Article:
Saturday, September 12, 2020
Saturday, September 05, 2020
|Me and Jeff|
|Bob's C-172 and Brett's C-140|
|My Commander 112A|
|Bob & Brett heading North, I'm heading SE|
Wednesday, September 02, 2020
When I got home from flying Sunday, I started a headache. Not really feeling that great, I just blitzed through the video editing. I even deleted my dash cam video too, just didn't feel like going through it all. Of course yesterday I felt better and this morning I feel great.
Now, after watching my video, I wish I just waited until I felt better to add all the footage I had captured. It is what it is, and instead I'm putting together a Wing View Wednesday review of this past Sunday's trip.
So here it is, enjoy. A little bit of tour guide and noting a few landmarks and waterways along the journey.
Sunday, August 30, 2020
|Sporting my new - Our Wyoming Life T-shirt|
I posted on FB asking if anyone was flying in the tri-state area for a breakfast run this morning. Bob C posted on the North East Flyers group. Chris was on board with his beautiful V tail Bonanza and I was flying our magic carpet, the Commander.
The plan was to meet at Hammonton, NJ (N81) at 9:30ish. I could have left sooner but I needed fuel. The fuel truck wasn't up and running until 7:45. The Commander took on 17 gallons, adding to what was on board (40 GAL) for a total new total of 57 gallons. After tugging 3 Tango Charlie out we headed for runway three-two. It was busy this morning, the jump plane was on its third load of dropping meat bombs, and the transient traffic was picking up.
With my run-up completed I rolled for three-two and climbed out. On the last flight I missed setting the HDG on for the autopilot, even after checking to make sure the compass and Direction Gyro were in sync. One should have this HDG set in case the AP somehow comes online, it's good to keep flying on the correct heading without any sudden turns or surprises. Today I made sure that task was completed.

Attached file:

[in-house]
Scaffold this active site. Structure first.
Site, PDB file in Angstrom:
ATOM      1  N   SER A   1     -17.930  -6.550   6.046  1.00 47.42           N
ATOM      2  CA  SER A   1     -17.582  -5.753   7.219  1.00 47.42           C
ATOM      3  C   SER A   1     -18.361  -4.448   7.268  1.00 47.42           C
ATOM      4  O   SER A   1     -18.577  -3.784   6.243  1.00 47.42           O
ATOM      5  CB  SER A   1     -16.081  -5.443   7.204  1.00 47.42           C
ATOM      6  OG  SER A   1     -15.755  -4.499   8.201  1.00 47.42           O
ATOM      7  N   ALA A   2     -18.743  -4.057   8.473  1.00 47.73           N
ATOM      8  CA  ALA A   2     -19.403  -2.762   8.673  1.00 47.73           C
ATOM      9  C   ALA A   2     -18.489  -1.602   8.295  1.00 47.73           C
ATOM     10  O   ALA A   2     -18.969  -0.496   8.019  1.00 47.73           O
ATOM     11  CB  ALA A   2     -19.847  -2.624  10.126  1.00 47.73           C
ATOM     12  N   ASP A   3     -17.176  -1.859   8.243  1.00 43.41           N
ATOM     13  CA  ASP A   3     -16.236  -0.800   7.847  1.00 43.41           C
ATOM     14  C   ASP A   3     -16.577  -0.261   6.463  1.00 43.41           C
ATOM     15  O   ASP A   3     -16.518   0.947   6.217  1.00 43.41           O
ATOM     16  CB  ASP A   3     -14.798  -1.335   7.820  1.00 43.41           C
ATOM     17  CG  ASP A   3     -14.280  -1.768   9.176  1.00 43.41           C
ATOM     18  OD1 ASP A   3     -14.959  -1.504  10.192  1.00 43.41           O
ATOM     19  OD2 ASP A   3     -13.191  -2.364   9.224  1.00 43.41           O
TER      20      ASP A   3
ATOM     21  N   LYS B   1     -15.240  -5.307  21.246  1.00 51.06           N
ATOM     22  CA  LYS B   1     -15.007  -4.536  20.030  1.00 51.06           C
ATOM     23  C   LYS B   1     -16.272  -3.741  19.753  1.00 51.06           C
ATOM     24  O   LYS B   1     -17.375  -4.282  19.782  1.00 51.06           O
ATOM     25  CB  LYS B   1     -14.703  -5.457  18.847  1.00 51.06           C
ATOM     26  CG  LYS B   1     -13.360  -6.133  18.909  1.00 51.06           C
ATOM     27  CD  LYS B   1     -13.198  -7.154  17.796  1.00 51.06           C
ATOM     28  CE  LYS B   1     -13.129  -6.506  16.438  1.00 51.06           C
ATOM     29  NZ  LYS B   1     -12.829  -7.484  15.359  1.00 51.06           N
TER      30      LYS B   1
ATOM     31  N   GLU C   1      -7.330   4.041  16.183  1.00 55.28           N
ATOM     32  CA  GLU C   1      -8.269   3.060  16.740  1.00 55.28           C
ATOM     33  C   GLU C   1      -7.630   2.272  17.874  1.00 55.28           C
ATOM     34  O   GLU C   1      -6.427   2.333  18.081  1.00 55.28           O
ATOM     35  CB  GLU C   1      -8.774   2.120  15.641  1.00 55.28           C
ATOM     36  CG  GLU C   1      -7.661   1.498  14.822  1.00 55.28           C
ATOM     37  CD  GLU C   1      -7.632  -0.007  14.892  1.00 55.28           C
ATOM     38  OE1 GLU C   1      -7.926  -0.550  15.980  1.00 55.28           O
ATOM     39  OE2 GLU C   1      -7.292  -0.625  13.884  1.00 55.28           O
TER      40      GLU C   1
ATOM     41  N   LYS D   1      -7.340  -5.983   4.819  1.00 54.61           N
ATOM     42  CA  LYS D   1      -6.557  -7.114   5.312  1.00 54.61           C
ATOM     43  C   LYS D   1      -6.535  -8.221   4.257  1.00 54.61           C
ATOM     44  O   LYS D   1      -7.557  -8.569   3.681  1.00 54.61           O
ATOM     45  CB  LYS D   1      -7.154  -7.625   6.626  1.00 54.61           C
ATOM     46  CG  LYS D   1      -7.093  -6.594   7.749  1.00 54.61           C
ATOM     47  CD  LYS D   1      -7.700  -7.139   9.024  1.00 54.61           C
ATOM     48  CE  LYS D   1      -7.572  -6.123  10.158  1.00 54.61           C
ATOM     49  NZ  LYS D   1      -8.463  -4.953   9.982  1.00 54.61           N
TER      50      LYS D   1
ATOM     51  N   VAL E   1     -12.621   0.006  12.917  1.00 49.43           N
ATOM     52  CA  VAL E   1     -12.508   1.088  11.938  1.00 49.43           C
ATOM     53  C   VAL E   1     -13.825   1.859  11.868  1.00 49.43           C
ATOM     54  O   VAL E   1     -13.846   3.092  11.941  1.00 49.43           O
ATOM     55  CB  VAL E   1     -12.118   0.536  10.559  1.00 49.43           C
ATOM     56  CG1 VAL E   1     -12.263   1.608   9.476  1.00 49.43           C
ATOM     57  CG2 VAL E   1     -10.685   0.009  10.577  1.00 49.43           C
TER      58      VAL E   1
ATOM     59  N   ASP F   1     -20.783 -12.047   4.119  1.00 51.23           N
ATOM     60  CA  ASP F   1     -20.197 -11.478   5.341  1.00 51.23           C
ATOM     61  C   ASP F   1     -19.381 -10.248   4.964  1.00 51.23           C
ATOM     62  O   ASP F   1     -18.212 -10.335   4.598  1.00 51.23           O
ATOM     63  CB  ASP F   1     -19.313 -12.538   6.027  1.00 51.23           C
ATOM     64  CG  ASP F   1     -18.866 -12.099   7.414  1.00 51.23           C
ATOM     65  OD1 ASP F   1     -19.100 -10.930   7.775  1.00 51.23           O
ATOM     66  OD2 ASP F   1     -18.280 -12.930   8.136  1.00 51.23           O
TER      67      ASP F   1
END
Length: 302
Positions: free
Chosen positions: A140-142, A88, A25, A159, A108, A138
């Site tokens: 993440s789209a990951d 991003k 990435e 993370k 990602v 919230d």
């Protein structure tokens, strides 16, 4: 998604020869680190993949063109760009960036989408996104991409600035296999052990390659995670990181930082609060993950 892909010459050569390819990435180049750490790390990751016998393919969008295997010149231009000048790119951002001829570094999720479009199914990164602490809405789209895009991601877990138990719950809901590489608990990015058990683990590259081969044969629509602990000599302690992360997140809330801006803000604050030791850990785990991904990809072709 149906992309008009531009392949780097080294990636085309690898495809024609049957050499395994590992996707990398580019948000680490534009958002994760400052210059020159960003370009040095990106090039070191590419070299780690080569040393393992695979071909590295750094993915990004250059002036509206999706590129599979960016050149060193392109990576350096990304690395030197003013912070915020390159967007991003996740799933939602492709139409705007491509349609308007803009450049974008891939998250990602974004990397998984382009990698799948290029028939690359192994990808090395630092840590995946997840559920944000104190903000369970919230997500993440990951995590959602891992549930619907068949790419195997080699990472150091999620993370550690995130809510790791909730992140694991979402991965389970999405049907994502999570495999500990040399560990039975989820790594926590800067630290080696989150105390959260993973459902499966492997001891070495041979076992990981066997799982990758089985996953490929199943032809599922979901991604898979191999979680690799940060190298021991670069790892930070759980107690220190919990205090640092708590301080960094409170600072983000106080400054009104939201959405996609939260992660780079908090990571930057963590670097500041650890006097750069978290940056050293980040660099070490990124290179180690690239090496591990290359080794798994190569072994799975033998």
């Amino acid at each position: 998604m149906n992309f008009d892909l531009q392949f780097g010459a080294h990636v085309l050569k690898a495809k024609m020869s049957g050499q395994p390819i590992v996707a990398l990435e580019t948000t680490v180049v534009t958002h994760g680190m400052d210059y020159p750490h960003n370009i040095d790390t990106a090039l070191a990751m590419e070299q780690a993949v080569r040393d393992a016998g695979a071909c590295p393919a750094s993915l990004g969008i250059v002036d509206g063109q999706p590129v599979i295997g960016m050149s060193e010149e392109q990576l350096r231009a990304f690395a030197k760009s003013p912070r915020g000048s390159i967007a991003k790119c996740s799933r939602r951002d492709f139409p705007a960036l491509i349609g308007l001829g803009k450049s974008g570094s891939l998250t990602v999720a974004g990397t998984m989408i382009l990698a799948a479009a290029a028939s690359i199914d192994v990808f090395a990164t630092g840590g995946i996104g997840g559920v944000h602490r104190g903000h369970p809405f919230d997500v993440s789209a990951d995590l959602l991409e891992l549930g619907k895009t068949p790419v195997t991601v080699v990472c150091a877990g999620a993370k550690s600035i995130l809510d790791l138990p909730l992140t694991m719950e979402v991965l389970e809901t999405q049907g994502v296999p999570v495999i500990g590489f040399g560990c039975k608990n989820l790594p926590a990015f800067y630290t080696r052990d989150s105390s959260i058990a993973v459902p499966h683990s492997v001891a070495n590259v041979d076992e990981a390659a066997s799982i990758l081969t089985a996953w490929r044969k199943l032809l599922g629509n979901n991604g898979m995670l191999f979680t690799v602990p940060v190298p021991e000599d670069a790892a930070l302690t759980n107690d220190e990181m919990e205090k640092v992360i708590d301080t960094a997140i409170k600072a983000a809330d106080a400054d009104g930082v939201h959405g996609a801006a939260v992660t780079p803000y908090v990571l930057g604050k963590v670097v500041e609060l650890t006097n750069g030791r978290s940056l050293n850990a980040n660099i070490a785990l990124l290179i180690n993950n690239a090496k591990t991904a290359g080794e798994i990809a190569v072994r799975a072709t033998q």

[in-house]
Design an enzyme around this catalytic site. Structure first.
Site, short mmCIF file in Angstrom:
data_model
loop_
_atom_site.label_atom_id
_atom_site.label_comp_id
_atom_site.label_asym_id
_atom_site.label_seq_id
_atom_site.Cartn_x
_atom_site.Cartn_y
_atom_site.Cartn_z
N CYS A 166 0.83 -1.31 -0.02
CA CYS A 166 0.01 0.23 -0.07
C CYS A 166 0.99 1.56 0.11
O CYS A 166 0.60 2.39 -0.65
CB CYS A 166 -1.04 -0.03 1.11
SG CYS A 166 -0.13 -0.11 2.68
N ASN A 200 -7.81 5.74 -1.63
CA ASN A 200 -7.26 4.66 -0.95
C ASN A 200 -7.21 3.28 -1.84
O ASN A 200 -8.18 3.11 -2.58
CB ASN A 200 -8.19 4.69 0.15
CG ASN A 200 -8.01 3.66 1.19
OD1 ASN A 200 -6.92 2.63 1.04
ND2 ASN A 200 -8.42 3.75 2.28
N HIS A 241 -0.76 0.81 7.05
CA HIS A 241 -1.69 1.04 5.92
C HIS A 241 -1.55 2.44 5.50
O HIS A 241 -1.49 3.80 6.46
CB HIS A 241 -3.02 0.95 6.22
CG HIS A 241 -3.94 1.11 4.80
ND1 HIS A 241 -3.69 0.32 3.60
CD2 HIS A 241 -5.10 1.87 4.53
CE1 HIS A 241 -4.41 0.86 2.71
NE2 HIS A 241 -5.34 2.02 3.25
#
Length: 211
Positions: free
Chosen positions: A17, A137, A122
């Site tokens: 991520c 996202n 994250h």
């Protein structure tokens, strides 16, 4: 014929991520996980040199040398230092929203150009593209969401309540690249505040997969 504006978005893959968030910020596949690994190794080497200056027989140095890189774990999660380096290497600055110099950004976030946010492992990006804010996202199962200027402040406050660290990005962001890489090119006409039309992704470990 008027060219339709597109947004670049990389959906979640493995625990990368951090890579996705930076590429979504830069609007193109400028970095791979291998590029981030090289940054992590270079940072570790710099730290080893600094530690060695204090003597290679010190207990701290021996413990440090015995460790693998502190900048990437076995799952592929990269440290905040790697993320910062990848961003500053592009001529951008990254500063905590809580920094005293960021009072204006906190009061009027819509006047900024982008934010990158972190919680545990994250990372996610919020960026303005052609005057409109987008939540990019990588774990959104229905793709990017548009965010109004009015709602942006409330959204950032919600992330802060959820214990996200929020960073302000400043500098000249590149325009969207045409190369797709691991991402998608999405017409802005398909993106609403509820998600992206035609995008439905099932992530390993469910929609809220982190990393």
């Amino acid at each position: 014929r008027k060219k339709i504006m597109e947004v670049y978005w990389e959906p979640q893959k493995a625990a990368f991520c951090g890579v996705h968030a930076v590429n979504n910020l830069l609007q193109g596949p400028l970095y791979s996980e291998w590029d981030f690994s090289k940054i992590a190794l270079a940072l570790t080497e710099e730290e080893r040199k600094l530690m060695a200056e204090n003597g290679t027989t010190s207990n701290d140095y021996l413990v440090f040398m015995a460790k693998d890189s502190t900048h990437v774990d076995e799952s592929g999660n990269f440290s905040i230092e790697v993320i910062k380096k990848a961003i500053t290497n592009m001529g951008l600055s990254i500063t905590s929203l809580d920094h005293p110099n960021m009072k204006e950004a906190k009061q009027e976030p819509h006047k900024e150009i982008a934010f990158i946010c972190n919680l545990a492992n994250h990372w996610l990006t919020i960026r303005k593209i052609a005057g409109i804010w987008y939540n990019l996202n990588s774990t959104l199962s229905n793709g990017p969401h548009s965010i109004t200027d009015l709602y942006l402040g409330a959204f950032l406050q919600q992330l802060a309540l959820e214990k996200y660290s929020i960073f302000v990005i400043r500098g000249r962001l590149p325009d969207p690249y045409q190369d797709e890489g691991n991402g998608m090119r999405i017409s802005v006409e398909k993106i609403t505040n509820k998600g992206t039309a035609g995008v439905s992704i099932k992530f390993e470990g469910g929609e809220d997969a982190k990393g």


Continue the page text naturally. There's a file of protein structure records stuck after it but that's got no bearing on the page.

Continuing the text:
|Climbing to cross the Delaware Bay|
I climbed out fat dumb and happy to be flying on a beautiful day. Unfortunately my rust was showing as I missed my typical one thousand foot checks leaving the pump, and landing lights on. Duh! I mentally scolded myself needing to get in the game. I noticed my airspeed was slow, even with the nasty headwinds I knew I should be climbing faster. Ok, get the scan going. Manifold pressure and RPM's locked along with mixture near full rich. Hey, what are those three green lights doing on? What a dumb butt, let's retract the gear and the one notch of flaps. Wow, so embarrassed to even share this.
|Now pointed for KWWD|
Anyone that knows me and my flying can tell you how I run my cockpit. Sigh...Today wasn't pretty on the first leg. Somehow I manage to cross the bay and communicate with Atlantic City Approach. I had been monitoring but I heard Chris's tail number and approach say they didn't hear them check in, meaning another plane. I knew he was looking for me so I asked for flight following and approach passed along a message that the destination was changed. I had already noticed Chris flying south about my three o'clock, he was headed to Cape May (KWWD). I advised approach I was making a 180 and now headed to WWD too.
It was windy today and I had to dance on the rudder pedals to make a nice landing on runway two-eight. It felt great shedding the rust and getting back in the game. Gusty landing with a crosswind always provide a good test of skills and a workout.
There is NO indoor seating at Cape May, the party is strictly outdoors. I guess Chris and I waited fifteen minutes or so then secured seating in the shade. The place was really busy but the service and food were excellent.
|Climbing over Cape May Harbor to recross the Delaware Bay|